The previous post here at Right Detour addressed the folly about the talk of the Tea Party Movement "seceding" from the Republican Party. The Tea Party is not a party, neither can it ever establish itself as a viable party.
What is the Tea party to do?
First, maintain the message. The Tea Party message of constitutionally limited government, fiscal responsibility, and free enterprise will resonate with voters, especially when if we demonstrate how these constitutional principles serve as the means to conserve the core values of the founders of our nation--liberty and equality.
The adverse impact of PPACA has provided a good opportunity for articulating this message. The government management of the nation's health care constitutes the most egregious overreach by the government in decades, violating the principle of limited government. The government's management cannot be sustained economically, violating the principle of fiscal responsibility. And the government's regulations regarding specific policy provisions that may be offered permits the government to wedge itself in the middle of the relationship between patient, doctor, and insurer, violating the principle of free enterprise.
And what does NOT constitute "Maintaining the Message?"
Obama's birth certificate.
Obama's college records.
And even most other peripheral issues such as abortion, Common Core, and immigration.
Second, the Tea Party needs to play as part of a coalition--a team if you will. Too often our zeal for a candidate who best represents our views turns into a inquisition for ideological purity. People and politics are too complicated for that.
Jenny Beth Martin, one of the founders of our movement, recently complained that the Republican Party establishment abandoned a viable candidate for the governorship of Virginia, Ken Cuccinelli. (You can read her protest here.) She made her point. The Republican Party establishment failed when they were needed the most. She needs to recognize, however, that the Republicans simply gave Cuccinelli and the Tea Party a taste of their own medicine, er, tea. Too often the Tea Party, after failing to secure the election of the candidate most supportive of our views, sits at home, christens the Republican candidate a RINO, and refuses to fund or support a Republican who fails to pass an ideological litmus test. Or some high profile Tea Party spokesperson "reads" such a politician out of the movement. (Recall what happened to Marco Rubio when he revealed his plans for immigration reform.)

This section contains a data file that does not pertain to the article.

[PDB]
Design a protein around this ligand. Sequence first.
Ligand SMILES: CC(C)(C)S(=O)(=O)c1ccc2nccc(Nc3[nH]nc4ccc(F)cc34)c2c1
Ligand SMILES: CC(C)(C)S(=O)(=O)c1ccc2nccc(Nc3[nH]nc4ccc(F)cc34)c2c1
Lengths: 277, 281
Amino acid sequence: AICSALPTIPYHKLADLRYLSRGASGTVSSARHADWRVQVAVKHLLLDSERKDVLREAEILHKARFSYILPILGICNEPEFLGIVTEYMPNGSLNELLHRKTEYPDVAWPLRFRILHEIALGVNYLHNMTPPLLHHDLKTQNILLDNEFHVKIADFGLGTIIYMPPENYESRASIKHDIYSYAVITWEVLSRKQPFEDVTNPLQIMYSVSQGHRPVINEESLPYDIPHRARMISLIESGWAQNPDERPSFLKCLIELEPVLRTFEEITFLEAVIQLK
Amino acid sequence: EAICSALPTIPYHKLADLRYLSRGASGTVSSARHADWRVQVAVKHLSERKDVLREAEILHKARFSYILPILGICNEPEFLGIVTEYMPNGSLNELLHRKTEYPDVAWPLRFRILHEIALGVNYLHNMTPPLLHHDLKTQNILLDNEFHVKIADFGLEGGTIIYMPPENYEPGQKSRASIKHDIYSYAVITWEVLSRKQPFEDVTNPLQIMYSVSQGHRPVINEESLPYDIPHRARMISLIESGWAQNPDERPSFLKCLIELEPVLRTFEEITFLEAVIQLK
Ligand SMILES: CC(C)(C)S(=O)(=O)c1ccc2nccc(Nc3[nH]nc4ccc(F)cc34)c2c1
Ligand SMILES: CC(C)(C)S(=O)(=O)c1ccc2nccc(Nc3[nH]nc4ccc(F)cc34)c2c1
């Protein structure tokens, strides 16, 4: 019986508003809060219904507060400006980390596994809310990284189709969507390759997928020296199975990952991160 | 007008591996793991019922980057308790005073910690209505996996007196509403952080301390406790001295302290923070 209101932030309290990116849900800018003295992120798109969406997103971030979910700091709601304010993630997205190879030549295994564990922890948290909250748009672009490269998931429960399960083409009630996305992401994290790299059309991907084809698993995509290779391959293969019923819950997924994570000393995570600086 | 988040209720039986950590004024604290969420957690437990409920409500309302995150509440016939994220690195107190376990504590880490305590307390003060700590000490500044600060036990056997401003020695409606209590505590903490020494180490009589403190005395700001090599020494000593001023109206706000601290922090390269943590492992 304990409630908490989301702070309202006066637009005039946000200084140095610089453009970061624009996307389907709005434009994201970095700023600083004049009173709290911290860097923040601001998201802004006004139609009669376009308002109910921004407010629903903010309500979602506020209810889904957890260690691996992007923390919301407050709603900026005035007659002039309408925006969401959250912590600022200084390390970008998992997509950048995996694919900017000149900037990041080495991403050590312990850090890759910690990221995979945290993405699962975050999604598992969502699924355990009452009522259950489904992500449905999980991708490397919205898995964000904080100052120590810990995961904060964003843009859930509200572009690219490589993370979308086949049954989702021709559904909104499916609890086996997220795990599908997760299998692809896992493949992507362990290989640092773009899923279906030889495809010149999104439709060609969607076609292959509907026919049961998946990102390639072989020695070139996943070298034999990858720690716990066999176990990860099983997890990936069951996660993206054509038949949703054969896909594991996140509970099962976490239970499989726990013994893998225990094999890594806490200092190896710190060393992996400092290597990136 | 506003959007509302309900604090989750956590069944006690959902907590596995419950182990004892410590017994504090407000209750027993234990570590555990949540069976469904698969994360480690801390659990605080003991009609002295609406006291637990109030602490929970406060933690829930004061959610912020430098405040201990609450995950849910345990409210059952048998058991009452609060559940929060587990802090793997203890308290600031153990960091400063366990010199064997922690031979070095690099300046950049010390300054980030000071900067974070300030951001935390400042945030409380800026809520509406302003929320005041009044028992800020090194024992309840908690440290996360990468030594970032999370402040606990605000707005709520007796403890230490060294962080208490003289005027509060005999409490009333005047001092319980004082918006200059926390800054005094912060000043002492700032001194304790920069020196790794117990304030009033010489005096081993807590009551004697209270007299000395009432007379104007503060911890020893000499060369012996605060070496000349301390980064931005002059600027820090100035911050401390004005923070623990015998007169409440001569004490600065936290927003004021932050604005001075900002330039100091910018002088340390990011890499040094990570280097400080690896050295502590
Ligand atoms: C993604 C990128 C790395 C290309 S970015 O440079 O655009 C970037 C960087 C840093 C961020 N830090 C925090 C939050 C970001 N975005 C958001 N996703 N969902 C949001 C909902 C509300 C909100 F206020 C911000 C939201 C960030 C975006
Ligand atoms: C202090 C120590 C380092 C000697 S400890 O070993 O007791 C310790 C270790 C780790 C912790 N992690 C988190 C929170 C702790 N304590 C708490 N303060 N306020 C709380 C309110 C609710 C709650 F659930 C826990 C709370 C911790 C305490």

And with the candidacy of Cuccinelli, the Republican Party establishment turned the tables.
When followers of Barry Goldwater expressed their disappointment over his rejection as Richard Nixon's running mate with boos and catcalls at the 1960 Republican National Convention, Goldwater did not threaten to leave the Republican Party, like Sarah Palin. He did not threaten to defund the Republican Party, like Glenn Beck. He did the threaten to start a third party, like Eric Erickson.
Goldwater's message was "Let's grow up, conservatives."